Sporting organisations can chose from a wide range of relationship marketing techniques. feedback and complaint management programmes. However. Thus. they are part of the attraction (and sometimes they are the only attraction). relationship marketing is an important and effective tool. and no potential customers for the sports entities’ sponsors. DISCUSSION QUESTIONS (1) Why can fans be considered the most important stakeholder of the sports business? (2) What is meant by ‘captive consumers’ with regard to fans? (3) How would you deﬁne a typical sports fan? (4) What is meant by the concept of BIRGing and CORFing? (5) Why is it so important to understand the nature and needs of fans? (6) Which relationship marketing techniques can a sporting organisation apply in the context of fans? (7) Imagine you are the fans’ representative of a big sporting organisation and you are responsible for designing and implementing a relationship marketing programme aimed at fans. Nearly everything in the sports business is aimed at fans. sporting organisations are then able to provide speciﬁc offers which match the needs and expectations of their fans. in order to apply such tools and techniques successfully. A healthy relationship should beneﬁt both the sports entity and the fans. However. sporting organisations ﬁrst have to understand who their fans are and what needs they have. How would you do that and which aspects would you include in the programme? . That is why more and more clubs and associations realise that they have to establish and maintain a relationship with their fans in order to beneﬁt both sides of the dyad. but that their loyalty is not blind loyalty. Therefore. Fans create atmosphere. fans are much more than potential income for the proﬁt-orientated stakeholders of the sports business. sporting organisations always have to bear in mind that their customers are extremely loyal. But there is a ﬁne line between providing a fan something beneﬁcial and exploiting supporters. consumer research and eventually segmentation are vitally important tools. no doubt about that. Not only have such offers to be creative but – and that’s very important – they have to be reasonable. All this leads to the conclusion that fans are essential for sporting organisations. In this respect. Based on their analysis. Sporting organisations have to make money. no fans buying merchandising.Discussion Questions 85 recipients reading the sports news.
hsv.herthafreundin. Another book which highlights the nature of sports fans with reference to the sports business comes from Rein.titans.de Jetstar Gold Coast Titans http://www. whereas Liverpool supporter Edge compares fandom with religion. WEBSITES Bayer Giants Leverkusen http://www.manutd.de FC Barcelona http://www.com.86 C H A P T ER 4 : Relationship Marketing in Sports – The Fan Perspective GUIDED READING We would recommend two novels which describe the nature of fans very well: Nick Hornby’s ‘Fever Pitch’ and Alan Edge’s ‘Faith of our Fathers’.com .herthabsc.de Hannover 96 http://www.fcbarcelona.com.de Borussia Dortmund http://www. Kotler and Shields and is titled ‘The Elusive Fan: Reinventing Sports in a Crowded Marketplace’.bayer-giants-leverkusen.com Hamburger SV (HSV) http://www.bvb.deutsche-bank-skyliners.au Juventus Turin http://www.de ´tico Boca Juniors Club Atle http://www.ar Deutsche Bank Skyliners http://www.hannover96.de Hertha BSC Berlin (general website) http://www.bocajuniors.de Hertha BSC Berlin (website for female supporters) http://www. Hornby illustrates the highs and lows of a football supporter from an Arsenal fan’s point of view.com Manchester United http://www.juventus.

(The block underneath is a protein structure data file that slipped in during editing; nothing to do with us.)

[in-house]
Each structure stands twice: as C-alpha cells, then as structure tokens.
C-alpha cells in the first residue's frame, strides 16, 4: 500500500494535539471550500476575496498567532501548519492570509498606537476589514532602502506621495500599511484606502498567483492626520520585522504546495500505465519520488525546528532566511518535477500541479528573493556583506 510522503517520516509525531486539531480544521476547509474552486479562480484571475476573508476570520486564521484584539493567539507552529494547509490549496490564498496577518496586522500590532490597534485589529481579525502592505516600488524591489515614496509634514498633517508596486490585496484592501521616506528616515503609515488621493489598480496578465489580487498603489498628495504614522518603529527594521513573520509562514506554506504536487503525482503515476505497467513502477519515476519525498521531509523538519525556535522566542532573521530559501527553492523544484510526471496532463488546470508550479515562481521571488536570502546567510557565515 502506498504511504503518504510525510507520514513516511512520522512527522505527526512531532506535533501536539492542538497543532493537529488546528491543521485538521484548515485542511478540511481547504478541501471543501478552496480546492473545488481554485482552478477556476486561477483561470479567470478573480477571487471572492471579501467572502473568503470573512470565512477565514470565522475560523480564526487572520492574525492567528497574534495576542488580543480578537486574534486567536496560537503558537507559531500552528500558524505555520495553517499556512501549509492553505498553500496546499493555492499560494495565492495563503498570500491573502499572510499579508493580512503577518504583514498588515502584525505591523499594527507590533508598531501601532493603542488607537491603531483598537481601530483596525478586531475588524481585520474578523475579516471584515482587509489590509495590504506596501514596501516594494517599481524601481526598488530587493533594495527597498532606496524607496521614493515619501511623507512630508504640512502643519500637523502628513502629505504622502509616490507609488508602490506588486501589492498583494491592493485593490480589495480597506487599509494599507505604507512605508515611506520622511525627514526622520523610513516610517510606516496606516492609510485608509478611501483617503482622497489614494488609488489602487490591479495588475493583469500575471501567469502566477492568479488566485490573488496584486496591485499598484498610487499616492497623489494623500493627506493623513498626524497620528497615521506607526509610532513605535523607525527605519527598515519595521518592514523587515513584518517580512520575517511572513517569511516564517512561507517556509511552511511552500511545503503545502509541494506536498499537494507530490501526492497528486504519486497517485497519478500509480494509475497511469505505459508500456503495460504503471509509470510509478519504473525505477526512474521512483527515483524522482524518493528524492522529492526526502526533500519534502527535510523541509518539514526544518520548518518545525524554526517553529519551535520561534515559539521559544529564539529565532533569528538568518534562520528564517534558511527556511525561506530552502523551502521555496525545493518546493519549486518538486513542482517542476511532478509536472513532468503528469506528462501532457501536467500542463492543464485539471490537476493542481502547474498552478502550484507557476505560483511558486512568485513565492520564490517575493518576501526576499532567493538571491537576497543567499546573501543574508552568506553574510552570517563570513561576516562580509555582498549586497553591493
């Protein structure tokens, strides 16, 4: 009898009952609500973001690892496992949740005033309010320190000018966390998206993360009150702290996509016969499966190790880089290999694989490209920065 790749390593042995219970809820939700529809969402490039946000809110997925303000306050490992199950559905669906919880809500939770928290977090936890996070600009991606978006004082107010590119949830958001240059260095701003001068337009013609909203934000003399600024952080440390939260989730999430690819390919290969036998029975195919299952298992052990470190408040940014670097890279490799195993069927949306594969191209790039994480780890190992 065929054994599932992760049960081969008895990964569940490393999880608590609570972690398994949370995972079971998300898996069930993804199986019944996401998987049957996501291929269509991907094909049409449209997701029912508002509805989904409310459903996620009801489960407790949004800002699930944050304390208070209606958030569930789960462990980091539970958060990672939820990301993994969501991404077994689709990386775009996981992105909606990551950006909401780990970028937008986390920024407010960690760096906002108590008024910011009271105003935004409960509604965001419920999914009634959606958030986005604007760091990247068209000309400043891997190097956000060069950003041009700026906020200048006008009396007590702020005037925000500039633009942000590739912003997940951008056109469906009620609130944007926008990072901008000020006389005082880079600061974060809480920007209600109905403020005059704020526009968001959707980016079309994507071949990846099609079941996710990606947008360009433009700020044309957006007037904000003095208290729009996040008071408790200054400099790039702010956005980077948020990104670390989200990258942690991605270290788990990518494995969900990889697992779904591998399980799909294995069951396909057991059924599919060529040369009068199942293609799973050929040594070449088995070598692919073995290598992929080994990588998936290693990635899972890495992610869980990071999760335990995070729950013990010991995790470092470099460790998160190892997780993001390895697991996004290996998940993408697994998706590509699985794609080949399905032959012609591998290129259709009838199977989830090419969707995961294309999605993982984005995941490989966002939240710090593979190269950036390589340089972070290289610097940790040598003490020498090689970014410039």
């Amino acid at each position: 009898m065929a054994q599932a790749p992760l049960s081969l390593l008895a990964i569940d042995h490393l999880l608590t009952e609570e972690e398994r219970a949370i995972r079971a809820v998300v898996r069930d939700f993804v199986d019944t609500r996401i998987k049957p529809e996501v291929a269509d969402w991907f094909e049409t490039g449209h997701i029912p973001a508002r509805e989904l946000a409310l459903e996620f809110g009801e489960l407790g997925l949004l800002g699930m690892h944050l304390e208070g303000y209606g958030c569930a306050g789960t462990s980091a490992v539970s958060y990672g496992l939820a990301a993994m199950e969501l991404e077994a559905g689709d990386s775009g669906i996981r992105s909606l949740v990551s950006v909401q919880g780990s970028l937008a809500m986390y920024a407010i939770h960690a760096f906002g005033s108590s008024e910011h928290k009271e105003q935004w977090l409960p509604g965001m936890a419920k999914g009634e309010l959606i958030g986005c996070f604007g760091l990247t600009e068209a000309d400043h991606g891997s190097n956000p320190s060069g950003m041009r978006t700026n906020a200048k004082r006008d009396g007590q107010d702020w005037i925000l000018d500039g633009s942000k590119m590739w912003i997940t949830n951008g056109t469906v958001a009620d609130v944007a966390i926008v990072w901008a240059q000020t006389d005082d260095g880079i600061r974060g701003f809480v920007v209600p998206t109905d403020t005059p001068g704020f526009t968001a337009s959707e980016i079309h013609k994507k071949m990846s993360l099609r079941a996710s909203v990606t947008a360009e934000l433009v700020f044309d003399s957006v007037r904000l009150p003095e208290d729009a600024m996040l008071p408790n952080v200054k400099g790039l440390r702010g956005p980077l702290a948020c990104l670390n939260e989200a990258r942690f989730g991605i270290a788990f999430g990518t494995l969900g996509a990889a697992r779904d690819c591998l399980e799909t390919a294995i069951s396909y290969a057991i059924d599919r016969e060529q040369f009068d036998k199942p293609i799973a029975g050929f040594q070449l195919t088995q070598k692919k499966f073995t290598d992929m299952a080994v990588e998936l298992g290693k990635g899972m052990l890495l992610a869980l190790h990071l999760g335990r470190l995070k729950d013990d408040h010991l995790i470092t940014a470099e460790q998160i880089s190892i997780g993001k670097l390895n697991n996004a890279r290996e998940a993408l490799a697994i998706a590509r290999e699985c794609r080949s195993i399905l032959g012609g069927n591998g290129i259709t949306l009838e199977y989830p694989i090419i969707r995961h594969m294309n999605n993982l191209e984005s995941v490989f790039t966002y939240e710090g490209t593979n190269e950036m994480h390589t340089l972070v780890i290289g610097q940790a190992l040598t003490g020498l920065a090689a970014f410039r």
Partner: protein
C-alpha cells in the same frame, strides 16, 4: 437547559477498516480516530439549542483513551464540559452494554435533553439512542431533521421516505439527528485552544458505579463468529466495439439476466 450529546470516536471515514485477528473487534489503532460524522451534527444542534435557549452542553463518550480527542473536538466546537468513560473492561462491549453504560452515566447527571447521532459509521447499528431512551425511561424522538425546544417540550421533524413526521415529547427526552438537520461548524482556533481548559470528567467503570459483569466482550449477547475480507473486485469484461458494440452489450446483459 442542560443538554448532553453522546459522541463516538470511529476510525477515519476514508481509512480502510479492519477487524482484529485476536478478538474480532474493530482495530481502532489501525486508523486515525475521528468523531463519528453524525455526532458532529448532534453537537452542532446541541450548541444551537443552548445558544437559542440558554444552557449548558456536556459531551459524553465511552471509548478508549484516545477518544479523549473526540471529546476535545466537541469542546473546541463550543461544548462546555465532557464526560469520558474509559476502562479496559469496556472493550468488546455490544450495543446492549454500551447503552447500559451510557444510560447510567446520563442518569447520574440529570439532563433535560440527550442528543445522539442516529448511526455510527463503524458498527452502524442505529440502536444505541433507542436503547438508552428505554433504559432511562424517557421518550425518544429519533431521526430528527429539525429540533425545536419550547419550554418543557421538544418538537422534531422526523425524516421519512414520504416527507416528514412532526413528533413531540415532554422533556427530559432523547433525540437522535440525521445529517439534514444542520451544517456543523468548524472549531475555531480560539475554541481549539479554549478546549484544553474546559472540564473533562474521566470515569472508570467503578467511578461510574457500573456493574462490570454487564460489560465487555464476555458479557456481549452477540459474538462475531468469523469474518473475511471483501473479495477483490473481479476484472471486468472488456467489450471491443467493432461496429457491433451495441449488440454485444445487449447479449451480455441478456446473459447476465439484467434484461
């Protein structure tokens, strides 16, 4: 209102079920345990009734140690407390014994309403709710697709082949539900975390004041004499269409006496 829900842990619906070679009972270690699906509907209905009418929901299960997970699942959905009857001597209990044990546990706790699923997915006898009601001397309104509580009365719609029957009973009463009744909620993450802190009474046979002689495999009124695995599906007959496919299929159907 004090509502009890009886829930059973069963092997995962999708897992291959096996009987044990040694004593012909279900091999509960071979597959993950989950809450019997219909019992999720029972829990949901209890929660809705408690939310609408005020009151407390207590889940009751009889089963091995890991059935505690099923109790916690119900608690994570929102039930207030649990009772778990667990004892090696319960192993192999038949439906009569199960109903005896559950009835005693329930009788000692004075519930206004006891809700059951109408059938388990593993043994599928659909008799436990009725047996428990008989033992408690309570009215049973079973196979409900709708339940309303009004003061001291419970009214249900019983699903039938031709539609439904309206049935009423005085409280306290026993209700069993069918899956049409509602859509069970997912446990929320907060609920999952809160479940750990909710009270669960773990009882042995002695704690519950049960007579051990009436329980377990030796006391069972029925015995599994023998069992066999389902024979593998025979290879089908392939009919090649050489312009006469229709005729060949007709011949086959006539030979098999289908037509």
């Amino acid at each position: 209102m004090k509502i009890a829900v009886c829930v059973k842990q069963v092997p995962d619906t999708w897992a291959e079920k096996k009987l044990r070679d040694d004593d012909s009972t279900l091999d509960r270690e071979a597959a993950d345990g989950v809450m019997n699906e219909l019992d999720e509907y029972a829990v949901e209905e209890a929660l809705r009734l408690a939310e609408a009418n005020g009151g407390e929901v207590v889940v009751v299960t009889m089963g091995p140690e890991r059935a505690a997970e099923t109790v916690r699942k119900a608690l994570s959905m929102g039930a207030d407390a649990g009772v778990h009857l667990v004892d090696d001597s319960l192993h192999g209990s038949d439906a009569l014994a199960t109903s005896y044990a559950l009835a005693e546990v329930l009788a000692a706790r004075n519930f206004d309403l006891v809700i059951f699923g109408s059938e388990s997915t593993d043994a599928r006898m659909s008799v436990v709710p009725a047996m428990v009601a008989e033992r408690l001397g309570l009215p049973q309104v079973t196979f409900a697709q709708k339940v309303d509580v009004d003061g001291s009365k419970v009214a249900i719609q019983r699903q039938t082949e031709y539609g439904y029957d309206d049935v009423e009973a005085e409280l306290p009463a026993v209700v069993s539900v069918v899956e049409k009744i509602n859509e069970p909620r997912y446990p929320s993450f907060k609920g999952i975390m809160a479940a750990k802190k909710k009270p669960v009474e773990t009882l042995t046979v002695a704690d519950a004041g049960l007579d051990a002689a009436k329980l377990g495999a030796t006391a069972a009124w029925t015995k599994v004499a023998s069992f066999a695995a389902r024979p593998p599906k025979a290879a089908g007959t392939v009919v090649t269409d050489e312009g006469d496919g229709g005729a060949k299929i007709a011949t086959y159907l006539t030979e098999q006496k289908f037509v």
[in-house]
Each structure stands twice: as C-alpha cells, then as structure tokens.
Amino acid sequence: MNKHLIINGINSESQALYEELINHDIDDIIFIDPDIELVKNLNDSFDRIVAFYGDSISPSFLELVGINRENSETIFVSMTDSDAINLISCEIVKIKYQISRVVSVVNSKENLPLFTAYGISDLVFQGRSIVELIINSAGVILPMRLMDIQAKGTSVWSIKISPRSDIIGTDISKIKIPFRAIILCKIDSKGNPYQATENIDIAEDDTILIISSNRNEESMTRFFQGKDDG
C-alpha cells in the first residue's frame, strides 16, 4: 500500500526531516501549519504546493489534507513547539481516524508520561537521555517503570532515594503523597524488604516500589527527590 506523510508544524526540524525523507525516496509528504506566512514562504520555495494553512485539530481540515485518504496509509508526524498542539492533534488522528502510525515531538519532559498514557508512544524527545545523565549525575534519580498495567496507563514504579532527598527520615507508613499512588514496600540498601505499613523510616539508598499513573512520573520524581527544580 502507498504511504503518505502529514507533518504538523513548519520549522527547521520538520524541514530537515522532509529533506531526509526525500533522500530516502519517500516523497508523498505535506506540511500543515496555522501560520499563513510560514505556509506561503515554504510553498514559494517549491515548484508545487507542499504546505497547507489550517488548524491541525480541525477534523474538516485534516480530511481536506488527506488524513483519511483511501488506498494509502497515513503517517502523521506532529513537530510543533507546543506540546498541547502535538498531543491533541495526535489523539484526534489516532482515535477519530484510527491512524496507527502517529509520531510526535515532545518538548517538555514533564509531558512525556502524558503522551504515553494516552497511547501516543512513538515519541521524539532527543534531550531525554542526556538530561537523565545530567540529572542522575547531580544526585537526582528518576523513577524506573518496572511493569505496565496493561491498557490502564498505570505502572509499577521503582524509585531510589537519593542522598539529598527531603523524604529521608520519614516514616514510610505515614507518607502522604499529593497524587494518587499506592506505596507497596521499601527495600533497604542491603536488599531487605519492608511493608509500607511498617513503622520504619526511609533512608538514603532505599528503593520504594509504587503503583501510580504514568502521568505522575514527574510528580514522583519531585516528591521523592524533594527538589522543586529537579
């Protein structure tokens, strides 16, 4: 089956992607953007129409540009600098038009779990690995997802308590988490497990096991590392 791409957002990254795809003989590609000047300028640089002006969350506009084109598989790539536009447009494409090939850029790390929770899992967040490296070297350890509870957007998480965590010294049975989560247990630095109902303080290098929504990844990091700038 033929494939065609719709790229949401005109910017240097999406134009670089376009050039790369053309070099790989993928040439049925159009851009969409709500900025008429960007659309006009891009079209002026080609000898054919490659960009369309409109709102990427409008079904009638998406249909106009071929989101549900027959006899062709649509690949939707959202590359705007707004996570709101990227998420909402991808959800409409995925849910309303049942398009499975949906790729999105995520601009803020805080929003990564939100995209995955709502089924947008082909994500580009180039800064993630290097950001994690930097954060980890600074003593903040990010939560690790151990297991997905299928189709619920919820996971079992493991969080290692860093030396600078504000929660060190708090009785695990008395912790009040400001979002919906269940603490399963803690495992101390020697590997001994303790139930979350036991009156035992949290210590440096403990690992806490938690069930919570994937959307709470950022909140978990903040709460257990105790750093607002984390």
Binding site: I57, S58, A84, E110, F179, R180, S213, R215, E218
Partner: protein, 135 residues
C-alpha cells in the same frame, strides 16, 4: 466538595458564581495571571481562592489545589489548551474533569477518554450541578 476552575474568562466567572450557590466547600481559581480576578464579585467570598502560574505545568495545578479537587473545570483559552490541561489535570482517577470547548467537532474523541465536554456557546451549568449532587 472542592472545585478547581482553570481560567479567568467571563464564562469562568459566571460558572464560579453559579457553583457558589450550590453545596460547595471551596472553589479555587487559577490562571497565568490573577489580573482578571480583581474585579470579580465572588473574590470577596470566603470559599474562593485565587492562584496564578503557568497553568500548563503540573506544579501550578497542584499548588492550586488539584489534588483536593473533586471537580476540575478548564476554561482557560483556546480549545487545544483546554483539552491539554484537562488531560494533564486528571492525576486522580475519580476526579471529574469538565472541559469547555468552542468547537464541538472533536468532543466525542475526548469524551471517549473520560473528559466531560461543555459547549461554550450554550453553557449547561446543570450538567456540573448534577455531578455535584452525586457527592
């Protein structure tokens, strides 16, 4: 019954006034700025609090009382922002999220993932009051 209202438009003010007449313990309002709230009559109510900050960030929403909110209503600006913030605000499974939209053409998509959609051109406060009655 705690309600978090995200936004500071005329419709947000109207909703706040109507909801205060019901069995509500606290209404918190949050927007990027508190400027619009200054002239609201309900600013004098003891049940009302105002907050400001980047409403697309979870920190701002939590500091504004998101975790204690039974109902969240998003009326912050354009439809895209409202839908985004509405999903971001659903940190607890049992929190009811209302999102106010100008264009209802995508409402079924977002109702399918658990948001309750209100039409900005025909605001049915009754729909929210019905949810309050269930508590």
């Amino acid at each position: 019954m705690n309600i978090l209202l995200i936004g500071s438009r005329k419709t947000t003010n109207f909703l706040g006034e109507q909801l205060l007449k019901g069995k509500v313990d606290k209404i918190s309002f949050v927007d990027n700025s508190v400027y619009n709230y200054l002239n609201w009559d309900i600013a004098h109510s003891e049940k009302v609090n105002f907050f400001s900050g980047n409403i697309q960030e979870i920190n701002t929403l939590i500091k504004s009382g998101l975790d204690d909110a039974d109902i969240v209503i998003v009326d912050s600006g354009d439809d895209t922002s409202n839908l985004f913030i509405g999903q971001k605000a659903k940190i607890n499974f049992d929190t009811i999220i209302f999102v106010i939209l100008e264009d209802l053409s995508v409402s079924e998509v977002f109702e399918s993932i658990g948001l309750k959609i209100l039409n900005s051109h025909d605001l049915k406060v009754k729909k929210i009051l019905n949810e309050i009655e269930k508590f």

com VfB Stuttgart http://www.com The National Association for Stock Car Auto Racing (NASCAR) http://www.nba.com/bulls The Columbus Blue Jackets http://bluejackets.com The English Football Association (The FA) http://www.yankees.com The Pittsburgh Penguins http://penguins.mlb.allblacks.nascar.vfb.thefa.com/hawks The Calgary Flames http://ﬂames.com The New York Yankees http://newyork.de .nhl.com The Anaheim Ducks http://ducks.nhl.com The Atlanta Hawks http://www.Websites 87 The All Blacks http://www.nhl.nhl.nba.com The Chicago Bulls http://www.